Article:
- Digital reproduction
- Printed by the Photograph Studio of The Metropolitan Museum of Art
- 16'' x 20''
- Gift wrap not available
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Charles-Albert Arnoux Bertall (French, 1820–1882), Saltimbanques, from Le Diable à Paris, vol II (Paris, 1846), p. 161.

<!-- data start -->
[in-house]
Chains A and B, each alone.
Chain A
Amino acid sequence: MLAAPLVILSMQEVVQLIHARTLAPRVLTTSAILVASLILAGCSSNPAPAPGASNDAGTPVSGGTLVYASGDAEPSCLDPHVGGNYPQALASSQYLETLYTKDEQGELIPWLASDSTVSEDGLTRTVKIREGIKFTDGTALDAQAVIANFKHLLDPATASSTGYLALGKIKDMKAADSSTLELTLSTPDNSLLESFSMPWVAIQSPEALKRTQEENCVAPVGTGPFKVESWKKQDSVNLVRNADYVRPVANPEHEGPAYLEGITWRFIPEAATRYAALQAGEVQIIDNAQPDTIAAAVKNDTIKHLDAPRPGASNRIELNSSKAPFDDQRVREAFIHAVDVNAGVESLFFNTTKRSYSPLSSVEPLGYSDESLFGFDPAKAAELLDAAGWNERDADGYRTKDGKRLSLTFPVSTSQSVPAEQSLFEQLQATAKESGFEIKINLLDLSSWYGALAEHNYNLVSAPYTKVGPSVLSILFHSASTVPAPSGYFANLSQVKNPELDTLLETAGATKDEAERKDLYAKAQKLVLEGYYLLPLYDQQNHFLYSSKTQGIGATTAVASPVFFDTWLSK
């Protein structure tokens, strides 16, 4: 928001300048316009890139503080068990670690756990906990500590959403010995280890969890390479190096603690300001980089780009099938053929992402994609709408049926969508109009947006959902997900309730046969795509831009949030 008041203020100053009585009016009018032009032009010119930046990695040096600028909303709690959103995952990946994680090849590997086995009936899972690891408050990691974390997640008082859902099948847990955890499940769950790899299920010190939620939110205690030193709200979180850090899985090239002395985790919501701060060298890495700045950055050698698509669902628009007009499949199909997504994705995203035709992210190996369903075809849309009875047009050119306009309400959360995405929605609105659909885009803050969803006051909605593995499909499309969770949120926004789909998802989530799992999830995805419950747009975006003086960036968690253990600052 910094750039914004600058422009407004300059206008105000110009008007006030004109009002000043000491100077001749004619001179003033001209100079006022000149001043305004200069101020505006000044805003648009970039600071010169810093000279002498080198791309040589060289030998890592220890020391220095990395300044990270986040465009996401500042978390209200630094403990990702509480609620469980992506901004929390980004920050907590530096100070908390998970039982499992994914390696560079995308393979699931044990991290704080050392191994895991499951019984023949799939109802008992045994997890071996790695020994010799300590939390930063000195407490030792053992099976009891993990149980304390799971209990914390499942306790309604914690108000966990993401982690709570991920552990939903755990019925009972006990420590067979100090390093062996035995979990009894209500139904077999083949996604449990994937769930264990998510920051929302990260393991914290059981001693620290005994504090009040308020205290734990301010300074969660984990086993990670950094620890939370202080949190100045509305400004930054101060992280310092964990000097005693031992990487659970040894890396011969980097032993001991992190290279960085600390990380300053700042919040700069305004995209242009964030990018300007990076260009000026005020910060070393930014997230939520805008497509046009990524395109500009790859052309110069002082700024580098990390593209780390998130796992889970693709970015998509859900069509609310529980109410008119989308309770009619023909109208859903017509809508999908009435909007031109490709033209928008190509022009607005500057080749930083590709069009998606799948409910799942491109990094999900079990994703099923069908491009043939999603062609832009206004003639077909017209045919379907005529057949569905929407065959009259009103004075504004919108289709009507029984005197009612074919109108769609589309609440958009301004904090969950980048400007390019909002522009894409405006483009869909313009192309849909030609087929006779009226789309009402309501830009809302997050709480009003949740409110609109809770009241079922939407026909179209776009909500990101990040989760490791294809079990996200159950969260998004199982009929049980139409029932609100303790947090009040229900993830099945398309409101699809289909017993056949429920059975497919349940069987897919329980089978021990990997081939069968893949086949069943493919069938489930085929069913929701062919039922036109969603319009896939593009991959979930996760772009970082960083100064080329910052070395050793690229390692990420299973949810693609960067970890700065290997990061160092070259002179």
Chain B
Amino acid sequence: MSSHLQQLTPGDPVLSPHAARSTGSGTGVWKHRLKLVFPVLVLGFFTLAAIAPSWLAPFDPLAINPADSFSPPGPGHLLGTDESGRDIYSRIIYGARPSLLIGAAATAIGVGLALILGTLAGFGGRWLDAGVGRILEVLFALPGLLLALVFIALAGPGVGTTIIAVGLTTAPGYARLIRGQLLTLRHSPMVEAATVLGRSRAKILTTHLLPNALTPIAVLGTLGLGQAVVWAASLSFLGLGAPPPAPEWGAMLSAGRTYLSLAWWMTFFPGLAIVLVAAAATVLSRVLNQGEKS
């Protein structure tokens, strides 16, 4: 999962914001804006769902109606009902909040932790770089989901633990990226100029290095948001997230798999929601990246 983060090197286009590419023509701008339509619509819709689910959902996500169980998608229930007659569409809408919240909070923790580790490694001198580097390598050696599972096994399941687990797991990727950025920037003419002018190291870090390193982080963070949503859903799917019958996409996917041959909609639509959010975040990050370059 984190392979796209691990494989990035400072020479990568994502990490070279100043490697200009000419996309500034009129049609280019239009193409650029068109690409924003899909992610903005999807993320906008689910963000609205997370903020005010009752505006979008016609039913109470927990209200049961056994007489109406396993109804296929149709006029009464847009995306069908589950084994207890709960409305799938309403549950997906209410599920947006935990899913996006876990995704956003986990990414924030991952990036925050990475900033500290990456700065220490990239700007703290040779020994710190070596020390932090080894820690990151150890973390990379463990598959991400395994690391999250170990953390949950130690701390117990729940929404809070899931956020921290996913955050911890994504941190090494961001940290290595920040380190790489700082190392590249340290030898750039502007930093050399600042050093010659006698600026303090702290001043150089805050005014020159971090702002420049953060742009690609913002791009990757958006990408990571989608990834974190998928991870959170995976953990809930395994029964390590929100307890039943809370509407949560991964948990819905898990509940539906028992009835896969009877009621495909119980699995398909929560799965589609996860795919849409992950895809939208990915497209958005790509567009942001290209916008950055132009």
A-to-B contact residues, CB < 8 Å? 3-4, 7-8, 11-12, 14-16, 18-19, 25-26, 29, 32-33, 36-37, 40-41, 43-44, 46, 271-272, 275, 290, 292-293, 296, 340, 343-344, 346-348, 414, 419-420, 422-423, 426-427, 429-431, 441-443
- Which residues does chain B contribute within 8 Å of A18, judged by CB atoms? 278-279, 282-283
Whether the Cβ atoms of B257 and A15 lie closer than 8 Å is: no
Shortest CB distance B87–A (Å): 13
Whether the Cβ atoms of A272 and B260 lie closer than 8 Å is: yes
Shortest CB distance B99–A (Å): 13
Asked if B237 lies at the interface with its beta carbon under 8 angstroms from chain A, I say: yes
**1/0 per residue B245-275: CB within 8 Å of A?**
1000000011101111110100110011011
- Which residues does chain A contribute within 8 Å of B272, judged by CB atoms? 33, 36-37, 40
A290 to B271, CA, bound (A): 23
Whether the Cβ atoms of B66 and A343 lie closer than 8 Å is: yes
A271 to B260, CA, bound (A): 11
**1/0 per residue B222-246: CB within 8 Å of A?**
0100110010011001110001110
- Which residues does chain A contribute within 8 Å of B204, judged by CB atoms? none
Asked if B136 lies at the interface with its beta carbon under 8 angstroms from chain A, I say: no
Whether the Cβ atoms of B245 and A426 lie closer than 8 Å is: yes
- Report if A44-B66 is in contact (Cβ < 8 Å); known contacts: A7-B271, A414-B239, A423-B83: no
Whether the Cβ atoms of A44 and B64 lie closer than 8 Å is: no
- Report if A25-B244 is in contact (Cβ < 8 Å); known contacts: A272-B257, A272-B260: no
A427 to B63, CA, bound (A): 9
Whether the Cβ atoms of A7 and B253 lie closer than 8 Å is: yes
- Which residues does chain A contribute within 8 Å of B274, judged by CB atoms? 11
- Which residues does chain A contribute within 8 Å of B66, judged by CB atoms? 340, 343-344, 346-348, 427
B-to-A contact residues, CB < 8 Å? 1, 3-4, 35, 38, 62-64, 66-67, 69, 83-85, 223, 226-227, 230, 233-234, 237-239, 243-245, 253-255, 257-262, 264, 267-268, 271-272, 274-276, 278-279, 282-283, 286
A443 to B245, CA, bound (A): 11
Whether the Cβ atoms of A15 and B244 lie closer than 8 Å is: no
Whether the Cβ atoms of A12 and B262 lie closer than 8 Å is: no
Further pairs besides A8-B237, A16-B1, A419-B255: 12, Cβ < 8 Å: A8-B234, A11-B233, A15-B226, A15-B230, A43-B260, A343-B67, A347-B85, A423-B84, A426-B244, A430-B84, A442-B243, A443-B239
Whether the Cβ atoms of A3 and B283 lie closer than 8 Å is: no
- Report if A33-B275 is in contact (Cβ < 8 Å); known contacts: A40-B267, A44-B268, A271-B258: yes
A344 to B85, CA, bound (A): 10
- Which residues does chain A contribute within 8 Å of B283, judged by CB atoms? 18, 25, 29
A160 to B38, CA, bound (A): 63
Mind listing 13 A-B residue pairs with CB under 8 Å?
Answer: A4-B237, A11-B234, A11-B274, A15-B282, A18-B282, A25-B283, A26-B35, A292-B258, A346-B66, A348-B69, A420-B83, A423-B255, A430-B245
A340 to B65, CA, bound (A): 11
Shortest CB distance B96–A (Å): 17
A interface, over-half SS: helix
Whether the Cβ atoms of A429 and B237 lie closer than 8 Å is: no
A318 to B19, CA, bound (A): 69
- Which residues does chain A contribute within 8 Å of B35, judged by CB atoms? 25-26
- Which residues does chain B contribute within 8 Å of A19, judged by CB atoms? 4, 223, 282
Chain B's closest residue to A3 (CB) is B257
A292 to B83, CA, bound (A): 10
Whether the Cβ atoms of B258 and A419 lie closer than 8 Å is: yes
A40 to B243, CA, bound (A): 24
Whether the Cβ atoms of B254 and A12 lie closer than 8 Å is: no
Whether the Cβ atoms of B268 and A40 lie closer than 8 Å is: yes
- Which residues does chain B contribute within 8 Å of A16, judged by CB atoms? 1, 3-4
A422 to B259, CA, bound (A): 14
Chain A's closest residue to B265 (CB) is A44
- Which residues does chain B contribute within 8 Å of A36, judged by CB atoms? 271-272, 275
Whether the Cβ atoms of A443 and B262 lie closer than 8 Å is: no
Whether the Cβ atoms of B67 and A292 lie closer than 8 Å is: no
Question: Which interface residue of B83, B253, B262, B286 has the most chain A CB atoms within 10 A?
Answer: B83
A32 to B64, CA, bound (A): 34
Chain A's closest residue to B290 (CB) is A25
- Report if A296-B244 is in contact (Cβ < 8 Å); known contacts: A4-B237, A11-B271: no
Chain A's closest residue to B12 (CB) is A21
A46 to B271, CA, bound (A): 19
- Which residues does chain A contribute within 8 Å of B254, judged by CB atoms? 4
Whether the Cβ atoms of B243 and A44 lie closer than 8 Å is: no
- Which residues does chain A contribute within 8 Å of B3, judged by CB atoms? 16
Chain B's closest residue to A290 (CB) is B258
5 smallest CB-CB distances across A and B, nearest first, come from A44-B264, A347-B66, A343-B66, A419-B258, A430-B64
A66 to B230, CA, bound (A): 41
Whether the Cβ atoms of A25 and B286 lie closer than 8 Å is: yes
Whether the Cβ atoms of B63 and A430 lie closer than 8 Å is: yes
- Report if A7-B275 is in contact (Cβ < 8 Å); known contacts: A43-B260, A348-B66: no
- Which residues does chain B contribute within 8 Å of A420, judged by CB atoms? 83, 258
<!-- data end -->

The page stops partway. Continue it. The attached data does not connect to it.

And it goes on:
Charles Albert, vicomte d'Arnoux, who called himself Bertall, was a caricaturist, writer, and illustrator for popular novels and newspapers. Our print has been reproduced from his wood engraving Saltimbanques in The Met collection. It initially appeared in the multi-authored and lavishly illustrated Le Diable à Paris (The Devil in Paris), a lampoon of the city's morals published in 1846, and it was widely recycled, even in a New York publication. The imagery of the parade, or sideshow, was widely shared in the period's illustrations and cartoons, and was associated with political chicanery throughout the reign of King Louis- Phillipe (1830–48), the short-lived Second Republic, and the Second Empire (1852–70). While Bertall's image presents simple grotesques, the accompanying text on saltimbanques, or entertainers, accentuates the parallels between sideshows and politics.
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